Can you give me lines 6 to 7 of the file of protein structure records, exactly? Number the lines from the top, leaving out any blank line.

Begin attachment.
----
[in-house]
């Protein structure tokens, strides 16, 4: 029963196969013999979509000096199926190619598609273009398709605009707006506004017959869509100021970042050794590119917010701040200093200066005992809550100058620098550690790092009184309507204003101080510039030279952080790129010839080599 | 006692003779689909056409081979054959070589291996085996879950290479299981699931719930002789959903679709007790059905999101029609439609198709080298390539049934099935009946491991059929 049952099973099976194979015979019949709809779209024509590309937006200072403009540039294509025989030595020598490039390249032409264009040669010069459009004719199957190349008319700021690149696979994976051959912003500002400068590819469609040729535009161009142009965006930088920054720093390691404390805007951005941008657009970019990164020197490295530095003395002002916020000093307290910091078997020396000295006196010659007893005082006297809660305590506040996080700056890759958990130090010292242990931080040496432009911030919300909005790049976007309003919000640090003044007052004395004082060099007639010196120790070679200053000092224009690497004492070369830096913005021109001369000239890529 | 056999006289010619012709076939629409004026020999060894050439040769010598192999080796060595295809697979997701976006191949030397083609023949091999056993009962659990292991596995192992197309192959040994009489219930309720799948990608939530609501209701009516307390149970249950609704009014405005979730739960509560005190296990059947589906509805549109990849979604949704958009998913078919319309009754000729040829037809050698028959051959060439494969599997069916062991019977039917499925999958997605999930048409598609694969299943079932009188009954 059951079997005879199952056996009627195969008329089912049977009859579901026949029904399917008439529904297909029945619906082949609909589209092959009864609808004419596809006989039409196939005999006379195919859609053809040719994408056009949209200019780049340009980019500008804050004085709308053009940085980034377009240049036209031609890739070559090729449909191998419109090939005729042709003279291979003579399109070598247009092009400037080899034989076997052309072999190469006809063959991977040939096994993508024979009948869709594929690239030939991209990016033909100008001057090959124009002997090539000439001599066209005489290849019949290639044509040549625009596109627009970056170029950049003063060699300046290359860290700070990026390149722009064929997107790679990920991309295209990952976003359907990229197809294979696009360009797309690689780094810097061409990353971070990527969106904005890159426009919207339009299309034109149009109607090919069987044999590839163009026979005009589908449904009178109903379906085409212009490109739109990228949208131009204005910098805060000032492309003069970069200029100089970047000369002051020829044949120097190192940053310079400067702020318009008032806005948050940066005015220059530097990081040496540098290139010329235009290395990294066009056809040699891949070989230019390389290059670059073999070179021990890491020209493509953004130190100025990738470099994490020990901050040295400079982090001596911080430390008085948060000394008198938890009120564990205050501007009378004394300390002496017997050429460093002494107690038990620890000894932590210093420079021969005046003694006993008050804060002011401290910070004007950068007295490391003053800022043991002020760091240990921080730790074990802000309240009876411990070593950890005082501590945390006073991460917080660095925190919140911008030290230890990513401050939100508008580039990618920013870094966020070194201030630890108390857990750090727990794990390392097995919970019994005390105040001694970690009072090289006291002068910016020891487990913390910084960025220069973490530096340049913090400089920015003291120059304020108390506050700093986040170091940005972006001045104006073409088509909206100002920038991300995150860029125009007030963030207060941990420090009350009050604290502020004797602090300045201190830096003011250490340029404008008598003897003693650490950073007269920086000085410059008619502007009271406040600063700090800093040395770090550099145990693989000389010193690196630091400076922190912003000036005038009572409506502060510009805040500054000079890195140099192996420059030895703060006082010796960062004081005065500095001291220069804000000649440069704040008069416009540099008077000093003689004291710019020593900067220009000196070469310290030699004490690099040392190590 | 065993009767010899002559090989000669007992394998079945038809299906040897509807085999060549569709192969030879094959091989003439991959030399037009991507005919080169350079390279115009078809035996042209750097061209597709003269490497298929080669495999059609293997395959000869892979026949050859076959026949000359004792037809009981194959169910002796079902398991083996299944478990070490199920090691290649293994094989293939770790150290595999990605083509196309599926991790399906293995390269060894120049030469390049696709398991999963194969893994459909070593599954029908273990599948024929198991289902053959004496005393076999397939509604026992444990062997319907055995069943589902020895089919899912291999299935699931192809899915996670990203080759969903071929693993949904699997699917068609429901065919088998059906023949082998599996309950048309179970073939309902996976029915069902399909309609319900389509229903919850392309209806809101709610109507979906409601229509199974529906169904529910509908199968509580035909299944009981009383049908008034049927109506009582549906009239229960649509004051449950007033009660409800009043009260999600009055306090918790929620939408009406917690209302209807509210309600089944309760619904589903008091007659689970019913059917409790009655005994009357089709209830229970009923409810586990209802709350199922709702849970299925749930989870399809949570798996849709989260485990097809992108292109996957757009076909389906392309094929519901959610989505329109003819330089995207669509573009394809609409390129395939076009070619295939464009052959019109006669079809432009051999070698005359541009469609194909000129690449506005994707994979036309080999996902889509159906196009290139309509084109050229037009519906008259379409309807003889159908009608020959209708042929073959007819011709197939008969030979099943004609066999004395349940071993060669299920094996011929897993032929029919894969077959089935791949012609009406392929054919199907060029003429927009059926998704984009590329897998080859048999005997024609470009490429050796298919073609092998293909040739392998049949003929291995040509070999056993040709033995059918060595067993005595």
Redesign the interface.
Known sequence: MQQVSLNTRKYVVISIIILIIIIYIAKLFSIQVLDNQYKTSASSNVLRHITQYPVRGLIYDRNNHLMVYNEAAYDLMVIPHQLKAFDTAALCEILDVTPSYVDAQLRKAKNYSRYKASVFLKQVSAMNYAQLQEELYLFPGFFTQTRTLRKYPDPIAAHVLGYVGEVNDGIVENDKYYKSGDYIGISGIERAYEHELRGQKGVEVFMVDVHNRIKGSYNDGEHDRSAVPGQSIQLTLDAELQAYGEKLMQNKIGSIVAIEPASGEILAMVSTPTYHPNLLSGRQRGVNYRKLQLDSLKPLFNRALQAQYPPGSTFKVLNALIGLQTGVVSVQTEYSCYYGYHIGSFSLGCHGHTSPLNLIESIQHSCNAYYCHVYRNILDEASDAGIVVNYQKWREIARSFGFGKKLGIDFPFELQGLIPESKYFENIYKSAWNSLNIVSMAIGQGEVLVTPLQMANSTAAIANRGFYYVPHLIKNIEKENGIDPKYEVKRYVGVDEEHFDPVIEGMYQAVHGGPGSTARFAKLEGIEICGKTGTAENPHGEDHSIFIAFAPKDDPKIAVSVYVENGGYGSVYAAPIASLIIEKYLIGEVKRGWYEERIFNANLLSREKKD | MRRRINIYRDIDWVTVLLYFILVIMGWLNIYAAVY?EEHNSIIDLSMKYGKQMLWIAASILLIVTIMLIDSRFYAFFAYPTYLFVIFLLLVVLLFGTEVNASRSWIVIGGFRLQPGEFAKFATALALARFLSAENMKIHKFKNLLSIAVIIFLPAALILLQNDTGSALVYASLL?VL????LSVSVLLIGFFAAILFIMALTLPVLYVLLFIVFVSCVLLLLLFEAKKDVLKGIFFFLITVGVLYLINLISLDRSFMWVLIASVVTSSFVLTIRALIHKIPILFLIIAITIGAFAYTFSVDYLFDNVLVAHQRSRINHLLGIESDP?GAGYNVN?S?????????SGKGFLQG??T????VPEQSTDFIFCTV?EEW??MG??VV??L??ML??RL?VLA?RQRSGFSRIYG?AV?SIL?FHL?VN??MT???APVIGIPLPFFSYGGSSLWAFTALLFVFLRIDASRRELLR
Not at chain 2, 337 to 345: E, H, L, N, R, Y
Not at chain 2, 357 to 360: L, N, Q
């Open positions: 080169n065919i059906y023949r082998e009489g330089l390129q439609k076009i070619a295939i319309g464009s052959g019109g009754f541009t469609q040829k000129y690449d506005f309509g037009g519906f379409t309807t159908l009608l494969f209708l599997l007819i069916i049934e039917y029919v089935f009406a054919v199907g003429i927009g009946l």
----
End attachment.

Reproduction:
Not at chain 2, 357 to 360: L, N, Q
């Open positions: 080169n065919i059906y023949r082998e009489g330089l390129q439609k076009i070619a295939i319309g464009s052959g019109g009754f541009t469609q040829k000129y690449d506005f309509g037009g519906f379409t309807t159908l009608l494969f209708l599997l007819i069916i049934e039917y029919v089935f009406a054919v199907g003429i927009g009946l």